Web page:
In turn, this led to the need to change the whole model of private lending, which now allowed credit refinancing, leaving a balance of the old loan covered by the new one. In this situation, a guarantee to return the debts were various valuables, primarily of which was the real estate. But in order under such circumstances to prevent the debt from accumulating too rapidly, the cost of credit had to be steadily decreased. What happened over time was that the d rate of the Federal Reserve System, the lender of last resort in the United States and the world, fell by the end of 2008 to zero from 19% in 1980.

When the rate of Federal Reserve dropped to zero, the accumulated debt (in the United States it is for the average household in the fall of 2008 amounted to more than 130%, despite the fact that prior to the beginning of “Reaganomics” did not exceed 65%) began to constitute a serious problem about which we read almost every day in the news. But even more importantly was that if the government cannot lend more for repaying the debts, how could the middle class be supported?

It should be reminded that the real household income is now at the level of the end of 60’s (this is not including much larger debts and budget deficits). Now, if members of the middle class reduce their consumption, which is practically inevitable, their real incomes, which are already low, will begin to fall even further because of the wage cuts due to decreases in goods manufacture. Theoretically, this means that the level of income will have to roll back to at least  to the 50’s level. Going back to the 50’s level would mean that there would be no middle class, and most importantly, that there would be no propaganda of “consumerism” as is no consumer. Instead of consumers there would be people who are used to spend their resources rationally to satisfy their real needs, not the ones forced upon them by advertisement.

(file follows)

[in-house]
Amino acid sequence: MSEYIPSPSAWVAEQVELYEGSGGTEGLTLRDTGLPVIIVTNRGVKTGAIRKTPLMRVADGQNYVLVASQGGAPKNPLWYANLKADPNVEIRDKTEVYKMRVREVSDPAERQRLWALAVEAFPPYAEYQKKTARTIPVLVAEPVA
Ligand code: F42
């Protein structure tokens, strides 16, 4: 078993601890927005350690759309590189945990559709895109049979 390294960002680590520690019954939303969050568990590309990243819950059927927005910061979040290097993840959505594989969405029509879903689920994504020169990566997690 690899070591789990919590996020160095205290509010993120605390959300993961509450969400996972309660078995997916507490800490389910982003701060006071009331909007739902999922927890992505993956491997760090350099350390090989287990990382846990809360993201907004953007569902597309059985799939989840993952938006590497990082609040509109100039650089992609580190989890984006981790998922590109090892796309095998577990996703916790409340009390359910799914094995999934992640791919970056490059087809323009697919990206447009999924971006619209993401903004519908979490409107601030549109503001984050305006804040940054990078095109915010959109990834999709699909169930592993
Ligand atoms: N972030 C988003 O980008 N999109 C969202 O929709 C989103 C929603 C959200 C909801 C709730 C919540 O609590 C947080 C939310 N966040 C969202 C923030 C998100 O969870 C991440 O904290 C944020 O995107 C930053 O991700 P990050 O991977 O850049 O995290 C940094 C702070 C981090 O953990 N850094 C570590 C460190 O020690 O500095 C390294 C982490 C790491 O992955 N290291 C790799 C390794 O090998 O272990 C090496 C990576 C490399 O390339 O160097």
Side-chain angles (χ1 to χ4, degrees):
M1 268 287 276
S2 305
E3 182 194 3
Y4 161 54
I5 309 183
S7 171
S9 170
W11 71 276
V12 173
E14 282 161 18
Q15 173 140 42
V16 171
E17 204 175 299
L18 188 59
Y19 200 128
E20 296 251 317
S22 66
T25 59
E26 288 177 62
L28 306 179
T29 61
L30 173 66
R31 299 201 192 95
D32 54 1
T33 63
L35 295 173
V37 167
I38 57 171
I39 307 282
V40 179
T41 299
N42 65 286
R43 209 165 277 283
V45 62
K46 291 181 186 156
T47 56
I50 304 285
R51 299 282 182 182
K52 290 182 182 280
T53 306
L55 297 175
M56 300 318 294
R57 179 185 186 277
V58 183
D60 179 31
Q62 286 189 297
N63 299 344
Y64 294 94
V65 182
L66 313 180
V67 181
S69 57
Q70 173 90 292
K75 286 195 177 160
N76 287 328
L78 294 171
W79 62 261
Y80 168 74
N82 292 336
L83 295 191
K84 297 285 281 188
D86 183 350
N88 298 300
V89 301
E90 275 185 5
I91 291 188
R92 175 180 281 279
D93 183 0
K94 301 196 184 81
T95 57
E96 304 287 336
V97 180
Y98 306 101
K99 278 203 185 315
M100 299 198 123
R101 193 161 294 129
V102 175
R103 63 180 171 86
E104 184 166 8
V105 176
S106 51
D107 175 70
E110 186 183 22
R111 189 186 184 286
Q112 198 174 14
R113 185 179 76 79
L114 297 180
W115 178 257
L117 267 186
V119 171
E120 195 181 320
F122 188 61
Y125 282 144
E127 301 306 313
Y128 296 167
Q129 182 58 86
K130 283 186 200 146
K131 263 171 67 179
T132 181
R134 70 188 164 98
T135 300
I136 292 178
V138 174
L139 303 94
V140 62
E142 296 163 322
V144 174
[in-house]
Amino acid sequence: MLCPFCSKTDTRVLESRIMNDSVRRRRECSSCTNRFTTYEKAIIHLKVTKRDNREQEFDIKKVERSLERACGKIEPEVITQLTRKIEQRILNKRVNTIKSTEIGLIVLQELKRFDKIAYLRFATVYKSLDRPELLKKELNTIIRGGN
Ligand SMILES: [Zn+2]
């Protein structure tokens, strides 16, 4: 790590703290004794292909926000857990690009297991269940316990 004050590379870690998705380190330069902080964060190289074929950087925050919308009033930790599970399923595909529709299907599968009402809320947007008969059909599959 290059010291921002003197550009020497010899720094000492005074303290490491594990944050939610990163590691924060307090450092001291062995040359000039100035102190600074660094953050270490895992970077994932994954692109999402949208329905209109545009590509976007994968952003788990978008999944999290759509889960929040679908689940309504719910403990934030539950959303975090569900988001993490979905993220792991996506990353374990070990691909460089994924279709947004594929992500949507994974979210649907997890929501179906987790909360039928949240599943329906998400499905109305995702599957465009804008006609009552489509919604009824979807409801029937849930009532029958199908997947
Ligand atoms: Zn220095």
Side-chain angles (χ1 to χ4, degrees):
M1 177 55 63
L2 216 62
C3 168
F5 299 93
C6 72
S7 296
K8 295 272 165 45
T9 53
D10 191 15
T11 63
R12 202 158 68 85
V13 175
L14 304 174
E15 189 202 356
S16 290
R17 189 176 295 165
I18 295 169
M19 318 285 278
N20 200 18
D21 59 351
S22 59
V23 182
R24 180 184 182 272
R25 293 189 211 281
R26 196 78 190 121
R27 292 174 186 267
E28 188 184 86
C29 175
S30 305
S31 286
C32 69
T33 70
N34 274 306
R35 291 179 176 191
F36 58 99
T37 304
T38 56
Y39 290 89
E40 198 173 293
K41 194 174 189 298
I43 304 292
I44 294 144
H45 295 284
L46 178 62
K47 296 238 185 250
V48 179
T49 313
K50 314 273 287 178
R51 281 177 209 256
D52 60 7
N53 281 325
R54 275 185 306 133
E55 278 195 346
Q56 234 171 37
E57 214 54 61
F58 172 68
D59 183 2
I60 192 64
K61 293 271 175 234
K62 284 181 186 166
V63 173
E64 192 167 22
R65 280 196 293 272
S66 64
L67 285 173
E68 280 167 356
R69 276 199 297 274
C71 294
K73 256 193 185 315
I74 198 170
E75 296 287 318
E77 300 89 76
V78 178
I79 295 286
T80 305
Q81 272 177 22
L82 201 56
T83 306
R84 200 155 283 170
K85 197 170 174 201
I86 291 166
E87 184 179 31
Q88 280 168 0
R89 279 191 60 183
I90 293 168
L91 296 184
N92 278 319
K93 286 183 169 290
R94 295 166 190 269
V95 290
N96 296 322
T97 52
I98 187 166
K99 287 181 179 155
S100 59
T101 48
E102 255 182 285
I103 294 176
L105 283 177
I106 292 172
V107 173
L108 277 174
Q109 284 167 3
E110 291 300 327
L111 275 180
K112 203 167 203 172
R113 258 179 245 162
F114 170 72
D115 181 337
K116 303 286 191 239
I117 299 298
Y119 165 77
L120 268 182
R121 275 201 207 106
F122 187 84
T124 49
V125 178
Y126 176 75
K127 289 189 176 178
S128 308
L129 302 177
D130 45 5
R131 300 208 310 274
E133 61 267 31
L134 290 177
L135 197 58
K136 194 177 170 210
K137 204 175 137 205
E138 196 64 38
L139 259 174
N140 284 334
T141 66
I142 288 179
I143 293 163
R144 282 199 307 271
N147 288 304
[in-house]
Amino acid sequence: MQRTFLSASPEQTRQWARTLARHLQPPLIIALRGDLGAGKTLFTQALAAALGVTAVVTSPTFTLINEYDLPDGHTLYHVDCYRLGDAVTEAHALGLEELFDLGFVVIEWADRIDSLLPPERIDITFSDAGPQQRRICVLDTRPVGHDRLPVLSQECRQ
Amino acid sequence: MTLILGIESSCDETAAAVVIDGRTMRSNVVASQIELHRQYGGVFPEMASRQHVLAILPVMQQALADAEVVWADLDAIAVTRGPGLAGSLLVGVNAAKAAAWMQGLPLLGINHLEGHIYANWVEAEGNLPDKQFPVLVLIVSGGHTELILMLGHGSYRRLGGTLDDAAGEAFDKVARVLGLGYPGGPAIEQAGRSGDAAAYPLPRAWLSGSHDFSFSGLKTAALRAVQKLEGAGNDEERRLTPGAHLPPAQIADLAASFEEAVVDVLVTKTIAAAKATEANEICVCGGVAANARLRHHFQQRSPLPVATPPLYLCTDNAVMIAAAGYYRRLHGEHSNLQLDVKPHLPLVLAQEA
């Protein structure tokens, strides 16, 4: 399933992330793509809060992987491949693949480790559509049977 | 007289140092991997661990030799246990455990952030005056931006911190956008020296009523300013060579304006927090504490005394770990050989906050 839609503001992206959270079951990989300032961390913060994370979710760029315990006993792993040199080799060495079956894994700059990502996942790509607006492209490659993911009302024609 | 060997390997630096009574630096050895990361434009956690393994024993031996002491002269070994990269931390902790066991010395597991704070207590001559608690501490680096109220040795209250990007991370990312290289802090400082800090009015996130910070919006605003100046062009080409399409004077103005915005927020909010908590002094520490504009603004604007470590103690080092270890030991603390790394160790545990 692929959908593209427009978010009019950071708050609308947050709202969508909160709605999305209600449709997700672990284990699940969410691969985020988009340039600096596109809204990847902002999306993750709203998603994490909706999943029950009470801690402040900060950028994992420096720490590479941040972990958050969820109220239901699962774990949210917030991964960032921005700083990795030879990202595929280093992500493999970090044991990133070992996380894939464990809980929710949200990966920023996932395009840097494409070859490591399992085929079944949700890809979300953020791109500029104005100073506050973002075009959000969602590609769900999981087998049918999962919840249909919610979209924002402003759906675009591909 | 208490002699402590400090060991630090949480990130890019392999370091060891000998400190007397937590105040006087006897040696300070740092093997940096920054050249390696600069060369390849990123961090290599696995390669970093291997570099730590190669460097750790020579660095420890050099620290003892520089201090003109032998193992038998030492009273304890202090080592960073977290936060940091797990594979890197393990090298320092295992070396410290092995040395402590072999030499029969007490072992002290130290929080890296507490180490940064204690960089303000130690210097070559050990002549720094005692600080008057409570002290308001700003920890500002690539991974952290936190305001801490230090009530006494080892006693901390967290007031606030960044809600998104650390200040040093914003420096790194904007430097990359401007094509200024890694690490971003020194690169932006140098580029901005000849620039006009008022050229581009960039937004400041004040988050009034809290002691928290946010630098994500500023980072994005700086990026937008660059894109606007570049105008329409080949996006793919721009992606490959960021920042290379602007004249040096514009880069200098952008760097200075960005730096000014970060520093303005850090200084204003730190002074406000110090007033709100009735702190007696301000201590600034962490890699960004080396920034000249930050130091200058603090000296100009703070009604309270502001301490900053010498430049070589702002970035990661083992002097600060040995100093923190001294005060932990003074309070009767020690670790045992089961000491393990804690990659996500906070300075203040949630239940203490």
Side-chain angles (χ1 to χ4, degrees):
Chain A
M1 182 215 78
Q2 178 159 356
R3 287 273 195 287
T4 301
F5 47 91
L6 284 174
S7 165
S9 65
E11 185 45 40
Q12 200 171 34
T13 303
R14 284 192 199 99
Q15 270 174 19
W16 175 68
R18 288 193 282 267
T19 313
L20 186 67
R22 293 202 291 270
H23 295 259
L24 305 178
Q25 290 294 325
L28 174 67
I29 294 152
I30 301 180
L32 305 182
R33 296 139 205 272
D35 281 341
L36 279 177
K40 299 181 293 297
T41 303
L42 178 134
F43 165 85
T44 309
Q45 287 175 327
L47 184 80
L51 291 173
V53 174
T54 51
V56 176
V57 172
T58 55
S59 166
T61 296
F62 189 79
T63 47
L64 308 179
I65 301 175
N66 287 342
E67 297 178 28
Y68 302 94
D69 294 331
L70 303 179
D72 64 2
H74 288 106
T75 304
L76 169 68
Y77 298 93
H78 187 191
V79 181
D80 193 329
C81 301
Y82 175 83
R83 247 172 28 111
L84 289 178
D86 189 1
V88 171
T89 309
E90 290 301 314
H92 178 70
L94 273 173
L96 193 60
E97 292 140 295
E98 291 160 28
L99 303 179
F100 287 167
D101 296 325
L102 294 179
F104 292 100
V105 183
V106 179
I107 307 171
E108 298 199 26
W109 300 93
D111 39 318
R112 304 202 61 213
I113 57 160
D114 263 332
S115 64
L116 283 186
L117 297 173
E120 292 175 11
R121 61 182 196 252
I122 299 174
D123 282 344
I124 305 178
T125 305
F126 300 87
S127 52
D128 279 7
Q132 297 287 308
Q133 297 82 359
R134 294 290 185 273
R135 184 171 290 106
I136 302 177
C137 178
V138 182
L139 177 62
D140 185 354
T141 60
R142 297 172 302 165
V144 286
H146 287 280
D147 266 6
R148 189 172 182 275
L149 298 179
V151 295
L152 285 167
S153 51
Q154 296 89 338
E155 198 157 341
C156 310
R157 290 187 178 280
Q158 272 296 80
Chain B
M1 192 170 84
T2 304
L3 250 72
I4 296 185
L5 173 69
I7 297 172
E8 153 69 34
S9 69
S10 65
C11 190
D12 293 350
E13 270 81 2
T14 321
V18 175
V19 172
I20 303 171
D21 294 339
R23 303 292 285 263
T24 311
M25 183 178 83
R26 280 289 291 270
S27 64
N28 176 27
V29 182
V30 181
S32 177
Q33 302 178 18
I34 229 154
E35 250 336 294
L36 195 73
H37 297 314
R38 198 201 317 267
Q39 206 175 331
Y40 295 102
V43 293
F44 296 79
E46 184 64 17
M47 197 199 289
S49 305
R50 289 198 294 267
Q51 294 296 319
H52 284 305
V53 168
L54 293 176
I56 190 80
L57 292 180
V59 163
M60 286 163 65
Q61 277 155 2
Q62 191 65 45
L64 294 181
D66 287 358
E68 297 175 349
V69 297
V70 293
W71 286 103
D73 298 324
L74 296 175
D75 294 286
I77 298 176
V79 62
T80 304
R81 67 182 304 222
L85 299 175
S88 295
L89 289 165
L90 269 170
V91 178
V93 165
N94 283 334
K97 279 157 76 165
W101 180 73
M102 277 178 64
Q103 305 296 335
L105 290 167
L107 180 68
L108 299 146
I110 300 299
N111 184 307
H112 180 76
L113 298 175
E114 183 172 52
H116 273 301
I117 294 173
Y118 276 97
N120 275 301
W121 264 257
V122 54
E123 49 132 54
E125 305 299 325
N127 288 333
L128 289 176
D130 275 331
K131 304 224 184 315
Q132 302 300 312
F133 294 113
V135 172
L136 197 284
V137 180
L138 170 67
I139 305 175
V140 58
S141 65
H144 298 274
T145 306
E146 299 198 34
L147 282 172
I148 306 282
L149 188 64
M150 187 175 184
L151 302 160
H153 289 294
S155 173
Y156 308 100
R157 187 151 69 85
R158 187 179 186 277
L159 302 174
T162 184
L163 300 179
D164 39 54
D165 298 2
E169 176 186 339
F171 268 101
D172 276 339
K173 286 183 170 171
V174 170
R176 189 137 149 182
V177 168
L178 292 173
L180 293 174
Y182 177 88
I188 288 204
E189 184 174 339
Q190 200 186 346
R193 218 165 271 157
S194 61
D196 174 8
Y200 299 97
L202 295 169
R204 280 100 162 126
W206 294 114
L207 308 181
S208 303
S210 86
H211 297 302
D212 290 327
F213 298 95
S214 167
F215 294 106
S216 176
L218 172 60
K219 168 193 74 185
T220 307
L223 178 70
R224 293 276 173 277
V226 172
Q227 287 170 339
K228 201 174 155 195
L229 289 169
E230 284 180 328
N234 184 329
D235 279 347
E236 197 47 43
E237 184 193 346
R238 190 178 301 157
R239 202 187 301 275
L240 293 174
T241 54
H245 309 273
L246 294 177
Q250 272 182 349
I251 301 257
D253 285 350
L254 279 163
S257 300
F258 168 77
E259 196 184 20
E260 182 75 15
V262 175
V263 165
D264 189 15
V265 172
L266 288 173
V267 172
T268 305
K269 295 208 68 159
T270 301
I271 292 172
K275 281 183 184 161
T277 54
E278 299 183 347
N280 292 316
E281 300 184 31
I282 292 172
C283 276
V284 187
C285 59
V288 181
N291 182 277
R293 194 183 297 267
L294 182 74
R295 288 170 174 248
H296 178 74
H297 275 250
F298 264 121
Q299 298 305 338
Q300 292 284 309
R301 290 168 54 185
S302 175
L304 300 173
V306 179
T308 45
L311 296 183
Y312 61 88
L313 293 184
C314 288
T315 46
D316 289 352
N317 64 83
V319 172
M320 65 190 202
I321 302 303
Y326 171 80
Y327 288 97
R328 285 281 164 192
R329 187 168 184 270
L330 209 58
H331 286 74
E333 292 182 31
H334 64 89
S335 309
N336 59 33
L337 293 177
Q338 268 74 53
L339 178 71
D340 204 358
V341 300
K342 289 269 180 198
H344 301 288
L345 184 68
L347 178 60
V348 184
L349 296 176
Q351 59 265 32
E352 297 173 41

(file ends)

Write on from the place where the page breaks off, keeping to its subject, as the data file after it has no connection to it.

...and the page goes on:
In this case we are not talking about hundreds of thousands or even millions of people, we are talking about dozens, if not hundreds, of millions of people. At this point, moving production back from the Southeast Asian countries will not save anyone here. Yes, this can create a number of jobs but cannot increase salaries to the levels expected in United States, as otherwise the whole process is simply not profitable. Thus, moving production back to the States cannot fundamentally change anything.

From all of the above it should be clear that the middle class cannot be “saved” as there simply no resources for that. Note that in the European Union the situation is even worse because people there have less resources that in the States. So today an answer to a question of how the US and the EU will come up with a solution for the problem of destruction of their backbone, the middle class, is of great importance. Most likely, the relevant discussions amongst country leaders are already underway, yet they are still not publicly announced. However, judging by the information leaks, the governments plant to increase state control over the people. The only problem with this “solution” is that more control does not change the economic model and this means that there should be some constructive solution instead. So far there are no any actions to do that, first of all because there is only a small group of people acquainted with the “ekonomiksism” model of economics.

Тranslated by Anton Toukaev. All rights reserved.